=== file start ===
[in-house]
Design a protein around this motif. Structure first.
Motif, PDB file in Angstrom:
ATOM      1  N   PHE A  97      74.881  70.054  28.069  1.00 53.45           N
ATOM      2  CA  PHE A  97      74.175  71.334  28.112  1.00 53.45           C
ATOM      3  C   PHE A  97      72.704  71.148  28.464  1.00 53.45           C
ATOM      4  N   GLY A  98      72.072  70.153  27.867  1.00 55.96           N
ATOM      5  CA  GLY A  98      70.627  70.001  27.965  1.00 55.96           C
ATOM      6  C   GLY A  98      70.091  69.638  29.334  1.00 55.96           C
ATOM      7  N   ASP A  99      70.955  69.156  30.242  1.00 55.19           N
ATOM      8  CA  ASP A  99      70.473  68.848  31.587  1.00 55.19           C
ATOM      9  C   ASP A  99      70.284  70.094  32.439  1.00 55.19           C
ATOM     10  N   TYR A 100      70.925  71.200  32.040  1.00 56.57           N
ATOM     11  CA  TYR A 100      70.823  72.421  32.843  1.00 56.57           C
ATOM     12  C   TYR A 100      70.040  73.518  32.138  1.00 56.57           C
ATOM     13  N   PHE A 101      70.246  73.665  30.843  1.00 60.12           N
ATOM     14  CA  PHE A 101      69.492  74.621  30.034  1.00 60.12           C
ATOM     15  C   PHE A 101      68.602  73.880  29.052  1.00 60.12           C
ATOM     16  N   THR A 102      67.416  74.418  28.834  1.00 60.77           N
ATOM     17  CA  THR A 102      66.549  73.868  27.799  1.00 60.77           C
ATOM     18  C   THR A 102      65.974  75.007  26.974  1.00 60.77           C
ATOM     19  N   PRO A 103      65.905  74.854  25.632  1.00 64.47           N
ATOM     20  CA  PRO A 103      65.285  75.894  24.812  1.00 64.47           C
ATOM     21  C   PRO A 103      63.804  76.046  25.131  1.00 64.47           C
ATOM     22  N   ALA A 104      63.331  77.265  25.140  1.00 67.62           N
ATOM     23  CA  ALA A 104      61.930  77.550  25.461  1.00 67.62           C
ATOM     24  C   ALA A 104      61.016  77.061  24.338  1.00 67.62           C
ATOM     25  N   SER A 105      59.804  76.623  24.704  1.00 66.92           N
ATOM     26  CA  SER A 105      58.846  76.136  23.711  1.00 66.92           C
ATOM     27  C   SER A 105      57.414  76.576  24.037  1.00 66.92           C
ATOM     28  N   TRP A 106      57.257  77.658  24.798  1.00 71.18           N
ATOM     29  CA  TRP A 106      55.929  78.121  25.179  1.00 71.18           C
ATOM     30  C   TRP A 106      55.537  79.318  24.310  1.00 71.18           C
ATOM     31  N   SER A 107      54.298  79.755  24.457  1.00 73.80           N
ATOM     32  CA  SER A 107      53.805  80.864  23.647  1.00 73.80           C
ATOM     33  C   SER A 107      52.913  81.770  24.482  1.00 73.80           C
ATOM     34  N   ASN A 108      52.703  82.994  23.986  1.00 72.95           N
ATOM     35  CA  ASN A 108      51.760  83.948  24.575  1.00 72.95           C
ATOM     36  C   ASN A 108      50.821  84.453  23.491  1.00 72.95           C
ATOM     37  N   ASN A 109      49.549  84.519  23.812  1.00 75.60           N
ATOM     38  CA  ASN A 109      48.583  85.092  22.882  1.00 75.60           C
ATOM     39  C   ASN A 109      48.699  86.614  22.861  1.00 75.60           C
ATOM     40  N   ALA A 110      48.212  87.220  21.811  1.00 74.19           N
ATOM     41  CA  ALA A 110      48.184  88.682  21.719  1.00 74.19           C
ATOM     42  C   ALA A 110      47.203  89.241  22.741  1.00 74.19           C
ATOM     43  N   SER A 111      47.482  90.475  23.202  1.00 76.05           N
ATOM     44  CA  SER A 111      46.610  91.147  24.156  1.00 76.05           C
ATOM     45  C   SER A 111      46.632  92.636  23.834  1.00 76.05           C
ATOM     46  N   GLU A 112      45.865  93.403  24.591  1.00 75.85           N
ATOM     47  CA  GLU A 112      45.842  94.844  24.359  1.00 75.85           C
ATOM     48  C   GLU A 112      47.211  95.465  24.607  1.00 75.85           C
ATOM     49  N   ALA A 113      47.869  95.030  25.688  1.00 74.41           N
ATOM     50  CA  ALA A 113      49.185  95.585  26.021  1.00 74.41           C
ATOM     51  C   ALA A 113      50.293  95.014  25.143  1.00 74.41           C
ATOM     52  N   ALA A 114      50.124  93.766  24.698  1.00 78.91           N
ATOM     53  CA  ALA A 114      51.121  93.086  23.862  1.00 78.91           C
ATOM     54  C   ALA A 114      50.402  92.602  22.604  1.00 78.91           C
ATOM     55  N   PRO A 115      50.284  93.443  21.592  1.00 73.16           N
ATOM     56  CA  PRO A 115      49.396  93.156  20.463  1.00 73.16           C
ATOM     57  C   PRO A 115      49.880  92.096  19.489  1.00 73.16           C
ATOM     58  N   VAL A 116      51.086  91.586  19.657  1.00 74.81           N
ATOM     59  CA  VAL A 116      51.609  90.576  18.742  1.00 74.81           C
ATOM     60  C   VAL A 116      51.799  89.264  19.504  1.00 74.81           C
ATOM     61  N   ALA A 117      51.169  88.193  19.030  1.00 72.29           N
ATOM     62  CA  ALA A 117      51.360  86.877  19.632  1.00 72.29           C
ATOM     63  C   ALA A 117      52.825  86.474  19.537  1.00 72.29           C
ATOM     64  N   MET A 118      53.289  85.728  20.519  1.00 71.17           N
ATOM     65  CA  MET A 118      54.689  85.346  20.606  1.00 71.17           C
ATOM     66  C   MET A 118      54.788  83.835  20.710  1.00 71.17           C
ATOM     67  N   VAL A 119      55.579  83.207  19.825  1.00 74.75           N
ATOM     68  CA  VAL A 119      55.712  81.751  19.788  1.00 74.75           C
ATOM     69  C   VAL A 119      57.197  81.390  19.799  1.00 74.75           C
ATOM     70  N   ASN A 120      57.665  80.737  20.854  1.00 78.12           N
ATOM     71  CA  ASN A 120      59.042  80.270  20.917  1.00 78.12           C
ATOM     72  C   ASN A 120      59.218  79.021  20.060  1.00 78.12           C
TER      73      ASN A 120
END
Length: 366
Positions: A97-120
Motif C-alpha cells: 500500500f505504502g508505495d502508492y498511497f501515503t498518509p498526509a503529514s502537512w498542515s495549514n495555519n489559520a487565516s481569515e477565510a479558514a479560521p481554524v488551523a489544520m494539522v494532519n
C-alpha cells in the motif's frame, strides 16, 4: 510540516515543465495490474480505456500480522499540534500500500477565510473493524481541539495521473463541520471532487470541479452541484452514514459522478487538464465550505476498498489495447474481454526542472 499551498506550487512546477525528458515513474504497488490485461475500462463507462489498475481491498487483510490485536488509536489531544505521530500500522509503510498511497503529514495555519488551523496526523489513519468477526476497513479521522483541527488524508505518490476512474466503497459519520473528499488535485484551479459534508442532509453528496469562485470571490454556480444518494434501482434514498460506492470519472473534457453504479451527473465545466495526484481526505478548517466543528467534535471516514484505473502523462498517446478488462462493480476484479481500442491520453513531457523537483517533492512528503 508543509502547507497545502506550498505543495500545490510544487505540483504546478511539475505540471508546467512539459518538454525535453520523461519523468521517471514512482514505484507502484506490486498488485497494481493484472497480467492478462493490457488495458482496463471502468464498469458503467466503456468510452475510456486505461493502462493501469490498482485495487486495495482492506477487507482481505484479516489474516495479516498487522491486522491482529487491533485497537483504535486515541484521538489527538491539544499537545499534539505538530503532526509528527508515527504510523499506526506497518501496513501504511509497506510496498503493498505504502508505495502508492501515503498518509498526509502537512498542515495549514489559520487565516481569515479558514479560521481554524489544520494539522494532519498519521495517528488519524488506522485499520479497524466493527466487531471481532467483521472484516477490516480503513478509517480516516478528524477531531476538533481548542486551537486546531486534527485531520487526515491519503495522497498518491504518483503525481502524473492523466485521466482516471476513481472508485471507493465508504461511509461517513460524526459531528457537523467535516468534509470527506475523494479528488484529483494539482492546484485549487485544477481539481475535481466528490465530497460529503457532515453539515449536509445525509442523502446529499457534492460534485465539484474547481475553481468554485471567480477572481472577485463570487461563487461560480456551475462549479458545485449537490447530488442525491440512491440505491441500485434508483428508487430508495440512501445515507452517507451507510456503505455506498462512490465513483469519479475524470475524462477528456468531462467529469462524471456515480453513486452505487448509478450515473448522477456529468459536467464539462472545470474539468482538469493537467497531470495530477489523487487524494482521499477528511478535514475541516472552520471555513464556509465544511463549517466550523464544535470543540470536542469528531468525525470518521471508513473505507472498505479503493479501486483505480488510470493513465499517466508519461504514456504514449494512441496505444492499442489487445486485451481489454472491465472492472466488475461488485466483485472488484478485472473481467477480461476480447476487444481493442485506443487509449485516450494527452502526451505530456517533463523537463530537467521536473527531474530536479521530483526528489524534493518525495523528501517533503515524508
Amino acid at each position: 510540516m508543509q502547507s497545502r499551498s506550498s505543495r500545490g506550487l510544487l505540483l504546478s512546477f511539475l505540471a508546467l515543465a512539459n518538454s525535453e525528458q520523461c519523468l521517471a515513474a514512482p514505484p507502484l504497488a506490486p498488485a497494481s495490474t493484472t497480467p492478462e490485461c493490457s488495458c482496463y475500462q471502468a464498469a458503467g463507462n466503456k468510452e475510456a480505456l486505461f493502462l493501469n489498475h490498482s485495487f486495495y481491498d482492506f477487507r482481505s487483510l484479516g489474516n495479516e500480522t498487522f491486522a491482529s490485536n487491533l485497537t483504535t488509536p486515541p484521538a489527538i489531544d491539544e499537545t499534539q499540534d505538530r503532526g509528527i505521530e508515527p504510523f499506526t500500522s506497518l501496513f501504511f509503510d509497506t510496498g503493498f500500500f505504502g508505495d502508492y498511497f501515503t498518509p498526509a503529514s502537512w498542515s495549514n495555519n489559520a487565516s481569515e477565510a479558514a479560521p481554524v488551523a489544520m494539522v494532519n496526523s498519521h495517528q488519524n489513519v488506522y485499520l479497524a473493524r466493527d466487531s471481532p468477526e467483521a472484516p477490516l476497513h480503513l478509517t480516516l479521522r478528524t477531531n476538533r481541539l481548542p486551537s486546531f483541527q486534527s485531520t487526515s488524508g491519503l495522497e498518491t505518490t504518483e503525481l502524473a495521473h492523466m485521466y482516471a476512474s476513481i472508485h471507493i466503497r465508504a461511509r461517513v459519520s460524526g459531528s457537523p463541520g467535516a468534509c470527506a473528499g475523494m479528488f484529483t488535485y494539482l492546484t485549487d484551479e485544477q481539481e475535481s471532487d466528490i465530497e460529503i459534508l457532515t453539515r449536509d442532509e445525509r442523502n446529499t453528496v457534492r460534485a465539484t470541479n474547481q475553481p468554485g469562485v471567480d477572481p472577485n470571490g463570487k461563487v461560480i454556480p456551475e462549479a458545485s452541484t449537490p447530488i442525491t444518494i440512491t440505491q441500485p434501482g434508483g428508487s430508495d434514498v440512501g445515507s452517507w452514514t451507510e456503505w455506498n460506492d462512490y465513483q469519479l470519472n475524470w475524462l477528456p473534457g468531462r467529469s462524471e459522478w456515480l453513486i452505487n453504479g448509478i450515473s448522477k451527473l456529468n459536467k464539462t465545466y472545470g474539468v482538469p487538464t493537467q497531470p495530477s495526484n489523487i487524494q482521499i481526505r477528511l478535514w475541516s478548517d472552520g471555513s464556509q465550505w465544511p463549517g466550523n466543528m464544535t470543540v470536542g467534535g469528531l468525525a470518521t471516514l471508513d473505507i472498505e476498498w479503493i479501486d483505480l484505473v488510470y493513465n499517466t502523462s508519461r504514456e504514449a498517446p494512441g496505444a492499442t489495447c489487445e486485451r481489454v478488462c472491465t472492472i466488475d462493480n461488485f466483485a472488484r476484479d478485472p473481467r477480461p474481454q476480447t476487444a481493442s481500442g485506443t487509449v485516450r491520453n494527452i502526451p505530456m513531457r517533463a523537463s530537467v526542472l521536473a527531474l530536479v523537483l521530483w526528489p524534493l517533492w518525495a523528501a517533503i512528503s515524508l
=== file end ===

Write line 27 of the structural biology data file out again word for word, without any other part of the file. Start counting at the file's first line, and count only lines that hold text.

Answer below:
ATOM     24  C   ALA A 104      61.016  77.061  24.338  1.00 67.62           C